“The Education of a Leader”

The title of this post is the same as the title of the review of a book written by H. W. Brands for the Wall Street Journal.* Brands was reviewing Michael Gerhardt’s new volume, Lincoln’s Mentors.  

The book is an account of Lincoln as autodidact. Crucially, Brands writes, Lincoln did not stop learning at his first inauguration. “Until the very end of his life his self-education never ceased.” Moreover, precisely because he was largely unschooled, “he benefited from not knowing what a person was supposed to learn.” Lincoln presumed, in other words, that he ought to learn everything.     

As the title of Gerhardt’s book suggests, it is focused largely on Lincoln’s mentors, five men who at various points in the president’s life served as role models, or guides, for Lincoln to emulate or follow. The point is that Lincoln remained till he died “educable.” Able to live and learn lifelong in ways that testified to his capacity to grow lifelong.

Which raises the question of what does the leadership industry do to further similar learnings over a leader’s life? The immediate response might be – well, the industry already does a lot. There are numberless leadership courses and programs, leadership centers and institutes, leadership exercises and excursions deliberately designed with adult audiences in mind. In fact, many if not most leadership initiatives are targeted precisely at people who already are leaders, or managers, intended to teach them what they do not yet know about how to lead wisely and well.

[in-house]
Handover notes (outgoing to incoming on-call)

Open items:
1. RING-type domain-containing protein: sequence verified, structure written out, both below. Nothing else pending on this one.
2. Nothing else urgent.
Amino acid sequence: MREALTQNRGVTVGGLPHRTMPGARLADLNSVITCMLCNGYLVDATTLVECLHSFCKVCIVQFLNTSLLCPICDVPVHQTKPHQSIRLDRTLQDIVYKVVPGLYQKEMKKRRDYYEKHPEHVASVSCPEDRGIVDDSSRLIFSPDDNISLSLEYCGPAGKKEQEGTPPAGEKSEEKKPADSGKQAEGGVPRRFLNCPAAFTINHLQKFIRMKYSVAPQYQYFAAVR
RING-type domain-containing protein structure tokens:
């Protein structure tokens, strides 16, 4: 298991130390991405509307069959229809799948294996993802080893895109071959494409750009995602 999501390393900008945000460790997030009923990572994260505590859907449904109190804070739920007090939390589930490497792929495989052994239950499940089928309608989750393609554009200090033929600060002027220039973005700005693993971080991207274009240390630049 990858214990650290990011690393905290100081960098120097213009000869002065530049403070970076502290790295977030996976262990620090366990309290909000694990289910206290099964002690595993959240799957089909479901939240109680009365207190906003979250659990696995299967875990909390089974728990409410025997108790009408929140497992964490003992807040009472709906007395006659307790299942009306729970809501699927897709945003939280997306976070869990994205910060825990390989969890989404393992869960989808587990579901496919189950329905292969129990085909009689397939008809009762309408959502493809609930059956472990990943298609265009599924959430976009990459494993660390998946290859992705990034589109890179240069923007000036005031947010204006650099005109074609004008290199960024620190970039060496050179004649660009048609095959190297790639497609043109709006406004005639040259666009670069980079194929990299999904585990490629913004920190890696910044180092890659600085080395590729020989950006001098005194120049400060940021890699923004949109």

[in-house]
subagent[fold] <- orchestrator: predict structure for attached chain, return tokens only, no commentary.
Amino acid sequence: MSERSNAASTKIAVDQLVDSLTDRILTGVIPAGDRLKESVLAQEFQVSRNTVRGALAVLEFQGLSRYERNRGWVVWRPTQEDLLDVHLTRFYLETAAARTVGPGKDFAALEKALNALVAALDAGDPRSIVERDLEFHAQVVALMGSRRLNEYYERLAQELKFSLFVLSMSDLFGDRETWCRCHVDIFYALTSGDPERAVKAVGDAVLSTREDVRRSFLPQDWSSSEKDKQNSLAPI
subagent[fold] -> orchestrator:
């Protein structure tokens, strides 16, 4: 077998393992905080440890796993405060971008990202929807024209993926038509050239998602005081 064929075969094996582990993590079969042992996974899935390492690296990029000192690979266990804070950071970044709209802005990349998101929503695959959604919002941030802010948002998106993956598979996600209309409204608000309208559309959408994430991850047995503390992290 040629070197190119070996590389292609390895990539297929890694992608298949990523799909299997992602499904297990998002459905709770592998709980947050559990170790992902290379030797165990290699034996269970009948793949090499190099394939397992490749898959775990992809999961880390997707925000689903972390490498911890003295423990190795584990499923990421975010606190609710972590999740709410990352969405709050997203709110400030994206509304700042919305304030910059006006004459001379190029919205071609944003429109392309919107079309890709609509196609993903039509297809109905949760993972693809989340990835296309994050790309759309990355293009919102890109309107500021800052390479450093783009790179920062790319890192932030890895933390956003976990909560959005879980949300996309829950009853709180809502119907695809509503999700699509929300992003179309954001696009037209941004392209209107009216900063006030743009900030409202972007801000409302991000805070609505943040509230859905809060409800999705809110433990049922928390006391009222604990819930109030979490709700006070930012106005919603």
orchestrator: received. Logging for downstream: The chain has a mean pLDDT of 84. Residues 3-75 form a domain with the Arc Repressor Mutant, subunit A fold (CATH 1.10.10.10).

But, overwhelmingly, these are one-shot deals. Designed to catch a leader at a particular moment in time. Over a year, maybe, or a semester, or a week or a weekend. Most are designed for adult learning, yes. But most are not designed for adult learning lifelong.

What I am suggesting then is a new kind of leadership education. One designed for most leaders in that most leaders are not, like Lincoln, autodidacts. Most leaders are like most people: they profit from programs intended to teach them things they do not know because otherwise they would not know them. In this case what I am proposing is a pedagogy that is deliberately designed to be sustained.   


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